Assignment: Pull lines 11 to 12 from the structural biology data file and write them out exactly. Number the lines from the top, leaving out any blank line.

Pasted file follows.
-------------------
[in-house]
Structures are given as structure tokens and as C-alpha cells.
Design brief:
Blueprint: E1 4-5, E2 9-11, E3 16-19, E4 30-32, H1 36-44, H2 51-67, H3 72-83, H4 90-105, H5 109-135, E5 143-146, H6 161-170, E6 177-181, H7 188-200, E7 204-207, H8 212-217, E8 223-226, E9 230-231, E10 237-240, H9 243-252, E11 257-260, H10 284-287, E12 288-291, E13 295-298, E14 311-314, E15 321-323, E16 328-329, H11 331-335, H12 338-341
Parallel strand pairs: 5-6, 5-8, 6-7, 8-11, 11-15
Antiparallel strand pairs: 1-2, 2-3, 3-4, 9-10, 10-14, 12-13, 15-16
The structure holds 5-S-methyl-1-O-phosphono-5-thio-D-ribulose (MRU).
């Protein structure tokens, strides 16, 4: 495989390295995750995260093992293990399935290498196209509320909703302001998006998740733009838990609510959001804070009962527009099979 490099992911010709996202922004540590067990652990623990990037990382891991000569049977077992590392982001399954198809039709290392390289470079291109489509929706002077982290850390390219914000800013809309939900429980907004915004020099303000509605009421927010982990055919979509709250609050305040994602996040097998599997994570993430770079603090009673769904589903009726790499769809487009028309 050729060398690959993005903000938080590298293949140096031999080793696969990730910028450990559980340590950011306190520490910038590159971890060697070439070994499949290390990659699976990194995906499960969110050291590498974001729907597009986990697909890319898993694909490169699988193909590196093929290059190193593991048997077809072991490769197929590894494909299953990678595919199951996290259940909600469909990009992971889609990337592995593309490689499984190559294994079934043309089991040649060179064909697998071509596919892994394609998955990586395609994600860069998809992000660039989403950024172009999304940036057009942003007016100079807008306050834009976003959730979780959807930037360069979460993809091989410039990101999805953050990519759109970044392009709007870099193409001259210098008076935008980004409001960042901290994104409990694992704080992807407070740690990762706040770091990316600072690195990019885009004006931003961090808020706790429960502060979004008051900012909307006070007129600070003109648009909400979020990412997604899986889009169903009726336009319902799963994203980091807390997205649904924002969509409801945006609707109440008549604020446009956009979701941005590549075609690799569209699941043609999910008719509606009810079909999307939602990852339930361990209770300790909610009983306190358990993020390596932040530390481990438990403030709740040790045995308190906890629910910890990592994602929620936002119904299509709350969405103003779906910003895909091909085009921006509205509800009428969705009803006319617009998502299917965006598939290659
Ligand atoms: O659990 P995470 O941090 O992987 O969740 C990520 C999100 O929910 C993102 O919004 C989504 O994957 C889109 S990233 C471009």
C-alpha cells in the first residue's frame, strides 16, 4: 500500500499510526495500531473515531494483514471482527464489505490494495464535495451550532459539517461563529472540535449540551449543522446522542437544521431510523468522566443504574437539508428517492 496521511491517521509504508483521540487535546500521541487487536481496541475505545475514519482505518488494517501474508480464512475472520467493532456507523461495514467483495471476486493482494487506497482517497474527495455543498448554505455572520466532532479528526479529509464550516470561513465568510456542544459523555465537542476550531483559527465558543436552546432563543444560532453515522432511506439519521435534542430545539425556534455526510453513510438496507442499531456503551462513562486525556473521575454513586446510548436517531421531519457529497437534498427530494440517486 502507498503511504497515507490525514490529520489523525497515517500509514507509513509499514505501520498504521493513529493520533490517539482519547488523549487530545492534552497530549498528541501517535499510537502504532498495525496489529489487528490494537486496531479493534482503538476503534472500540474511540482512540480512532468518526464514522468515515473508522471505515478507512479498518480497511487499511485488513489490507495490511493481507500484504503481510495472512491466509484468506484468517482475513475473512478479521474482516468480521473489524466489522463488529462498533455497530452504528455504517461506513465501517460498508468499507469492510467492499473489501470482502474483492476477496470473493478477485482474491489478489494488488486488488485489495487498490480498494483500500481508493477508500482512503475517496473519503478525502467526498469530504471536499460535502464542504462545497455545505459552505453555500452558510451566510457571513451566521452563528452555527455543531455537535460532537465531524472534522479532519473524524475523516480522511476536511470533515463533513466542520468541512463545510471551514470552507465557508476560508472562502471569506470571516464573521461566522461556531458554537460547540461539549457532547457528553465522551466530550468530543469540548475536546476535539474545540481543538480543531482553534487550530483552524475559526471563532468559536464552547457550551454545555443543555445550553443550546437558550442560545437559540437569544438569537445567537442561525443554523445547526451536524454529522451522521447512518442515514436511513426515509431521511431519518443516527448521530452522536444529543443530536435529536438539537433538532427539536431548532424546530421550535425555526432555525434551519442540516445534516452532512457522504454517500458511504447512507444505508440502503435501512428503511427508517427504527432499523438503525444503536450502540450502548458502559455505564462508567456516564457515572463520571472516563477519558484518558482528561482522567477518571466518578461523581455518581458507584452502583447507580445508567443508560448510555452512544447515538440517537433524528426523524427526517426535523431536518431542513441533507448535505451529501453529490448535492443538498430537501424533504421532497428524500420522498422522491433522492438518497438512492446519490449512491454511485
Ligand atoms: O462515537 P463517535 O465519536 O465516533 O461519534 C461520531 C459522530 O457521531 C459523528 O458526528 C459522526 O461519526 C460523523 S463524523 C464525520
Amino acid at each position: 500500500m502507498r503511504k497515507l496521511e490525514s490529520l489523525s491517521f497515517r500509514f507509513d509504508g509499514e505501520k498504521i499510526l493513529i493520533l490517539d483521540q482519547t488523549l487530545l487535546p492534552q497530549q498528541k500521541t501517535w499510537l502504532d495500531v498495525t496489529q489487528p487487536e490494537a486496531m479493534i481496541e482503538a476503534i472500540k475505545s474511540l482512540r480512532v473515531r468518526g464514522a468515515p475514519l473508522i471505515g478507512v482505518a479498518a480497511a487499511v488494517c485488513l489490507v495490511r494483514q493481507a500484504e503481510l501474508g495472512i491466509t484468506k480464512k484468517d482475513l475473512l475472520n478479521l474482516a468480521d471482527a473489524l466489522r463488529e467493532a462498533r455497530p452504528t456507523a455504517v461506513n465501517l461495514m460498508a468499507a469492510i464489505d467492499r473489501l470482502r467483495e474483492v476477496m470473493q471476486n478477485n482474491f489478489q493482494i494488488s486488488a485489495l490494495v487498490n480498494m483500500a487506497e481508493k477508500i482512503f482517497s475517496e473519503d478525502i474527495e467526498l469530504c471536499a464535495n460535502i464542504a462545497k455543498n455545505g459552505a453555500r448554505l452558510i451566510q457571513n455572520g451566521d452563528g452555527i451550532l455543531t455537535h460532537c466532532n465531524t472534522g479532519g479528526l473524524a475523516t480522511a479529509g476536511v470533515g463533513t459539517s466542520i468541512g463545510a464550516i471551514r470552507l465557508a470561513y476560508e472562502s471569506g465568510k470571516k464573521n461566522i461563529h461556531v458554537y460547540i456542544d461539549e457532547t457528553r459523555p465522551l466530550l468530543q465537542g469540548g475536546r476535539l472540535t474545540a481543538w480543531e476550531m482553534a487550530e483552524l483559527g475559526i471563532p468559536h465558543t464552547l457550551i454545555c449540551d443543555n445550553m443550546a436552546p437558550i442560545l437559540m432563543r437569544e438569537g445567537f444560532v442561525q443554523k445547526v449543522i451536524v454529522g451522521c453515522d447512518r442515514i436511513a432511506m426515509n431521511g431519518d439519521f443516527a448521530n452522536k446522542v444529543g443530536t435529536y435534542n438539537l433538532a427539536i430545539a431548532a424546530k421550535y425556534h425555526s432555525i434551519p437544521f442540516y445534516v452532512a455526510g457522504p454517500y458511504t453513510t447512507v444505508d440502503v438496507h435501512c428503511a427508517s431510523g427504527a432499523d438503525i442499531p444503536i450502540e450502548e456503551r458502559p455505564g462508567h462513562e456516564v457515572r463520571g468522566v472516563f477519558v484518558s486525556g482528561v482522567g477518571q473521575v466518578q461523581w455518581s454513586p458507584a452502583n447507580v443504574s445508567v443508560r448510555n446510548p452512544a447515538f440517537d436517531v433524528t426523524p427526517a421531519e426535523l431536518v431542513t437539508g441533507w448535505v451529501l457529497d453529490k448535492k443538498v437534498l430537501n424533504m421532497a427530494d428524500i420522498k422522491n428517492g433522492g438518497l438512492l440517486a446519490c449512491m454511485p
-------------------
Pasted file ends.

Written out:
Ligand atoms: O462515537 P463517535 O465519536 O465516533 O461519534 C461520531 C459522530 O457521531 C459523528 O458526528 C459522526 O461519526 C460523523 S463524523 C464525520
Amino acid at each position: 500500500m502507498r503511504k497515507l496521511e490525514s490529520l489523525s491517521f497515517r500509514f507509513d509504508g509499514e505501520k498504521i499510526l493513529i493520533l490517539d483521540q482519547t488523549l487530545l487535546p492534552q497530549q498528541k500521541t501517535w499510537l502504532d495500531v498495525t496489529q489487528p487487536e490494537a486496531m479493534i481496541e482503538a476503534i472500540k475505545s474511540l482512540r480512532v473515531r468518526g464514522a468515515p475514519l473508522i471505515g478507512v482505518a479498518a480497511a487499511v488494517c485488513l489490507v495490511r494483514q493481507a500484504e503481510l501474508g495472512i491466509t484468506k480464512k484468517d482475513l475473512l475472520n478479521l474482516a468480521d471482527a473489524l466489522r463488529e467493532a462498533r455497530p452504528t456507523a455504517v461506513n465501517l461495514m460498508a468499507a469492510i464489505d467492499r473489501l470482502r467483495e474483492v476477496m470473493q471476486n478477485n482474491f489478489q493482494i494488488s486488488a485489495l490494495v487498490n480498494m483500500a487506497e481508493k477508500i482512503f482517497s475517496e473519503d478525502i474527495e467526498l469530504c471536499a464535495n460535502i464542504a462545497k455543498n455545505g459552505a453555500r448554505l452558510i451566510q457571513n455572520g451566521d452563528g452555527i451550532l455543531t455537535h460532537c466532532n465531524t472534522g479532519g479528526l473524524a475523516t480522511a479529509g476536511v470533515g463533513t459539517s466542520i468541512g463545510a464550516i471551514r470552507l465557508a470561513y476560508e472562502s471569506g465568510k470571516k464573521n461566522i461563529h461556531v458554537y460547540i456542544d461539549e457532547t457528553r459523555p465522551l466530550l468530543q465537542g469540548g475536546r476535539l472540535t474545540a481543538w480543531e476550531m482553534a487550530e483552524l483559527g475559526i471563532p468559536h465558543t464552547l457550551i454545555c449540551d443543555n445550553m443550546a436552546p437558550i442560545l437559540m432563543r437569544e438569537g445567537f444560532v442561525q443554523k445547526v449543522i451536524v454529522g451522521c453515522d447512518r442515514i436511513a432511506m426515509n431521511g431519518d439519521f443516527a448521530n452522536k446522542v444529543g443530536t435529536y435534542n438539537l433538532a427539536i430545539a431548532a424546530k421550535y425556534h425555526s432555525i434551519p437544521f442540516y445534516v452532512a455526510g457522504p454517500y458511504t453513510t447512507v444505508d440502503v438496507h435501512c428503511a427508517s431510523g427504527a432499523d438503525i442499531p444503536i450502540e450502548e456503551r458502559p455505564g462508567h462513562e456516564v457515572r463520571g468522566v472516563f477519558v484518558s486525556g482528561v482522567g477518571q473521575v466518578q461523581w455518581s454513586p458507584a452502583n447507580v443504574s445508567v443508560r448510555n446510548p452512544a447515538f440517537d436517531v433524528t426523524p427526517a421531519e426535523l431536518v431542513t437539508g441533507w448535505v451529501l457529497d453529490k448535492k443538498v437534498l430537501n424533504m421532497a427530494d428524500i420522498k422522491n428517492g433522492g438518497l438512492l440517486a446519490c449512491m454511485p